Wednesday, March 13, 2013

Uncooped up

The Rhododendron is blooming. The Camellia is in full regalia. Spring has come to Oregon. But best of all, I saw two baby lambs with long tails wagging, and I was once again on the farm on Neff Road.

For those of us who grew up with sheep living in a shed that sat on the other side of the lawn, we knew what it meant when spring made an appearance. The bulbs might be popping up, and it still might be a bit chilly, yet we knew that lambing time was upon us. I sat in the corner watching the lambs arrive. Birth on the farm was nothing new. We learned about the process of conceiving, birthing and death at an early age. There were no surprises. We had seen it all. I for one cannot eat lamb. It tastes exactly as a baby lamb smells. For a girl who had a lamb as a pet, eating lamb is all wrong. I'd much rather think that all sheep live in comfort giving up only their wool once a year.

Spring also heralded the cleaning of the barns and chicken coops. City folks probably don't realize that when animals winter indoors during cold months, the amount of disagreeable disposal gets deeper. Thus, out comes the manure spreader and the fields are fed for the growing season. It is the way on the farm in spring. Horses seem to romp more. Cows savor the spring growth of new grass. Rabbits do what they always do, and chickens escape the coop once more to see what has fallen into the chicken yard over those indoor months.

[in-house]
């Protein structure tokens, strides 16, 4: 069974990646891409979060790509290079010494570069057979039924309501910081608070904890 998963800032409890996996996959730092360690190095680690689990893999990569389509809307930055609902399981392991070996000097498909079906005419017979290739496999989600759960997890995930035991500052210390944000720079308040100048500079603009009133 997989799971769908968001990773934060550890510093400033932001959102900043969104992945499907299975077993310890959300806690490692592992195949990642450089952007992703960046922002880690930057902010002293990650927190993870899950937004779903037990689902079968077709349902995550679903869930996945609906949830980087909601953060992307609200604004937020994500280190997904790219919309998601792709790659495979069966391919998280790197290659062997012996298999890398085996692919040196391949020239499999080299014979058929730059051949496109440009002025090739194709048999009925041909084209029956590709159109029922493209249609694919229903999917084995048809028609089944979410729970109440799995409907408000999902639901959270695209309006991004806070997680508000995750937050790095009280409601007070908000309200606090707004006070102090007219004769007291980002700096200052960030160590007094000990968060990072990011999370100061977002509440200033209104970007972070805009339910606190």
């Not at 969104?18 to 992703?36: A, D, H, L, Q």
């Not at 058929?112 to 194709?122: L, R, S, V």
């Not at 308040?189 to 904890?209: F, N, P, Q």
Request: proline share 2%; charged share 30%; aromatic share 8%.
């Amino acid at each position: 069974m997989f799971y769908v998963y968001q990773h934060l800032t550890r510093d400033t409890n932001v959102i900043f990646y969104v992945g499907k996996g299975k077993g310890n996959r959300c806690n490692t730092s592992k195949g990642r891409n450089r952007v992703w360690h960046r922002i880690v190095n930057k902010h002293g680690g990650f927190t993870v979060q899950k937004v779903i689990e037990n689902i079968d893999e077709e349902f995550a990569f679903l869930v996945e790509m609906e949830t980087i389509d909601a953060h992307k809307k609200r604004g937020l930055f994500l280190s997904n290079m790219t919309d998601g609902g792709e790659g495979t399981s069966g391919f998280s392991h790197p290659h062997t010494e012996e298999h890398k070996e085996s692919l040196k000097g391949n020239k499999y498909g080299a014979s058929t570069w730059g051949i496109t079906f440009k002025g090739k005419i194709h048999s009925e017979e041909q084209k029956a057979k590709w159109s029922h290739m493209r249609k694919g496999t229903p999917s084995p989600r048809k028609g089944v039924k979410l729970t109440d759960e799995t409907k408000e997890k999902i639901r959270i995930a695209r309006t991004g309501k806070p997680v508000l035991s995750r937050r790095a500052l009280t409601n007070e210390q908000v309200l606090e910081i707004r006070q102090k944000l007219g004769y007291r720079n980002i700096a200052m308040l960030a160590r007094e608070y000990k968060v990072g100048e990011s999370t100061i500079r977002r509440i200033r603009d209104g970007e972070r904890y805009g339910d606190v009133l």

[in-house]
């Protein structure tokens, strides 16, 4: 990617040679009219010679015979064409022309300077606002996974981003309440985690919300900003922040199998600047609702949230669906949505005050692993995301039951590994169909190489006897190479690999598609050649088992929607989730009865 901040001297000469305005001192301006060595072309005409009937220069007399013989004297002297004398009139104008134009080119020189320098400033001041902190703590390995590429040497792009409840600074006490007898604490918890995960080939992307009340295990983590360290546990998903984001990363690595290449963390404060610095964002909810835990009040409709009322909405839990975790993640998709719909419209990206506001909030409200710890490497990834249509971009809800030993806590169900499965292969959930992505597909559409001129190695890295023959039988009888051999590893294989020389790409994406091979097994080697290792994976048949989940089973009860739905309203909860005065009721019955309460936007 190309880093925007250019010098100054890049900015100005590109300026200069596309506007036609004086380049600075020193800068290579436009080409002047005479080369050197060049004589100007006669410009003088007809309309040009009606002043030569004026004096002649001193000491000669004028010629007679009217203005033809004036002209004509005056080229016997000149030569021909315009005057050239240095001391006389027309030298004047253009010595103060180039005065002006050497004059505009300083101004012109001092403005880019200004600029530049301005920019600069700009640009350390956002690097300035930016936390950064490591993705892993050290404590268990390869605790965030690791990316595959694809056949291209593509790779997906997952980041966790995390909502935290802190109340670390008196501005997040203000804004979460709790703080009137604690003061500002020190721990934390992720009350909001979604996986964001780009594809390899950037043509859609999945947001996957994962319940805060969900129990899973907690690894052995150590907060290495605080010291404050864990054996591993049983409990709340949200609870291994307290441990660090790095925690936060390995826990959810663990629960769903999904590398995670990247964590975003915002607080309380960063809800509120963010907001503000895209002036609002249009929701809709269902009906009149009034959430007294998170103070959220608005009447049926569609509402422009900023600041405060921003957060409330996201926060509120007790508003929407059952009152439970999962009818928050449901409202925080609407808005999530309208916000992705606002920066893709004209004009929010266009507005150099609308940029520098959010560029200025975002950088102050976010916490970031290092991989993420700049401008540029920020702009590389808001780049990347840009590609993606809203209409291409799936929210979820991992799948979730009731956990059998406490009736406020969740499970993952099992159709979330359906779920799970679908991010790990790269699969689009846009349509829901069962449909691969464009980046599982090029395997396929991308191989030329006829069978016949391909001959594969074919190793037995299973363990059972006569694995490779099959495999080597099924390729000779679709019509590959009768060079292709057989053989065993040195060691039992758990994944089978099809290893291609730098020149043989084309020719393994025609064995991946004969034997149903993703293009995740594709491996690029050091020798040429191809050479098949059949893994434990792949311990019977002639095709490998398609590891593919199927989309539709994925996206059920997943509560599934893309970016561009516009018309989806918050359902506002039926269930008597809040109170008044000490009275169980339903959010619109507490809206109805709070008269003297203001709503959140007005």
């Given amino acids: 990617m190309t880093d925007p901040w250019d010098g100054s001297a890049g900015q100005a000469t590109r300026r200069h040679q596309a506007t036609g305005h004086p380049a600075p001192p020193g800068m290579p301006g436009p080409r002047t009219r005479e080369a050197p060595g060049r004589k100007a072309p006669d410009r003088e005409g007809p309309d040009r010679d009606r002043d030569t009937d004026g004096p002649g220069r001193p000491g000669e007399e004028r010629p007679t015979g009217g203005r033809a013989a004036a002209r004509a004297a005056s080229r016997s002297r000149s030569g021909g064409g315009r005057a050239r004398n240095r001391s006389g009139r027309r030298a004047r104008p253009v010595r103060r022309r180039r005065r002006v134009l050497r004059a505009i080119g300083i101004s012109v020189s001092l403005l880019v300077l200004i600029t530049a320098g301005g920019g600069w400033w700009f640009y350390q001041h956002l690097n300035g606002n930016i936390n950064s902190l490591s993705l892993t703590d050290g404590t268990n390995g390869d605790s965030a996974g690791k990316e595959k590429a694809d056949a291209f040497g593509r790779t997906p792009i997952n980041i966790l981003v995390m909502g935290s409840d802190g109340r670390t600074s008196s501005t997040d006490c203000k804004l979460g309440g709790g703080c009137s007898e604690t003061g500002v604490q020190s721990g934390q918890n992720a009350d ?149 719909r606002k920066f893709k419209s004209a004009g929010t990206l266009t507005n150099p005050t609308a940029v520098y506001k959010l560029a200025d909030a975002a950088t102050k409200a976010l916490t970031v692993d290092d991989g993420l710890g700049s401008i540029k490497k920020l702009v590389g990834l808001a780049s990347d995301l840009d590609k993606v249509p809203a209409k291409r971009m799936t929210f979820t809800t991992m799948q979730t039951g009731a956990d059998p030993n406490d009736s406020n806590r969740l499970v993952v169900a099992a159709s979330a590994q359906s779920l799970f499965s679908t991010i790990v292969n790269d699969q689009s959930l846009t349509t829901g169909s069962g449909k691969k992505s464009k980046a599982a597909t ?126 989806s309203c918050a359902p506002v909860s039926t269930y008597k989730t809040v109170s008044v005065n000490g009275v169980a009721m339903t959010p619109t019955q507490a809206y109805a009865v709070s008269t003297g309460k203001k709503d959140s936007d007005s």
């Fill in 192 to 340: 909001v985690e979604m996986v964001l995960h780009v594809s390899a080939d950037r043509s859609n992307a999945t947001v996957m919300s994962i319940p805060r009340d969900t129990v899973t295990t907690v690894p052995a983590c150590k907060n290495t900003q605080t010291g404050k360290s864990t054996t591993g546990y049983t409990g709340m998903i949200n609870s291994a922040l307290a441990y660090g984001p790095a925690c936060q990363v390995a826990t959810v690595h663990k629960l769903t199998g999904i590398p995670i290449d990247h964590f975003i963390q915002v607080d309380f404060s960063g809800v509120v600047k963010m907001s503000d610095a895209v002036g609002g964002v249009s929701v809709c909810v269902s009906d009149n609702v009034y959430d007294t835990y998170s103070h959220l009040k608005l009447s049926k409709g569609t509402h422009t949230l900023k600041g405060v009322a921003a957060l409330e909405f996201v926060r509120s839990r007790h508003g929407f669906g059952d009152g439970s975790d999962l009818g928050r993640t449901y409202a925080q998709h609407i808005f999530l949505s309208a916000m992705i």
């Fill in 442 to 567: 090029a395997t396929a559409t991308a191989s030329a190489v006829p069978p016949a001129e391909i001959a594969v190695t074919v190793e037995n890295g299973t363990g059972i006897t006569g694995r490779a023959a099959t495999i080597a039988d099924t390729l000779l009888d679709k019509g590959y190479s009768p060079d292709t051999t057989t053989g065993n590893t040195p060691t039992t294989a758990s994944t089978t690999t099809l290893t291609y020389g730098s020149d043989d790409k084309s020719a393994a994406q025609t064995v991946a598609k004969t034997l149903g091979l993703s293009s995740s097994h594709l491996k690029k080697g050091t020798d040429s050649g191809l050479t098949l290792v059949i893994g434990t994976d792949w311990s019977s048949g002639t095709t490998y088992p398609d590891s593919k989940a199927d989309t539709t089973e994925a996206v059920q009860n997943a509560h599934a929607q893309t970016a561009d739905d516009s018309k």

I miss those spring days on the farm. A time when brown turned to green, and more people popped in for a visit. Neighbor kids walked the lane once more knowing it was warm enough to play in the barn. We eagerly awaited the first mushrooms to pop up in the woods.

I actually squealed when I saw those sweet lambs with their wagging tails. Spring has kissed her world once more.

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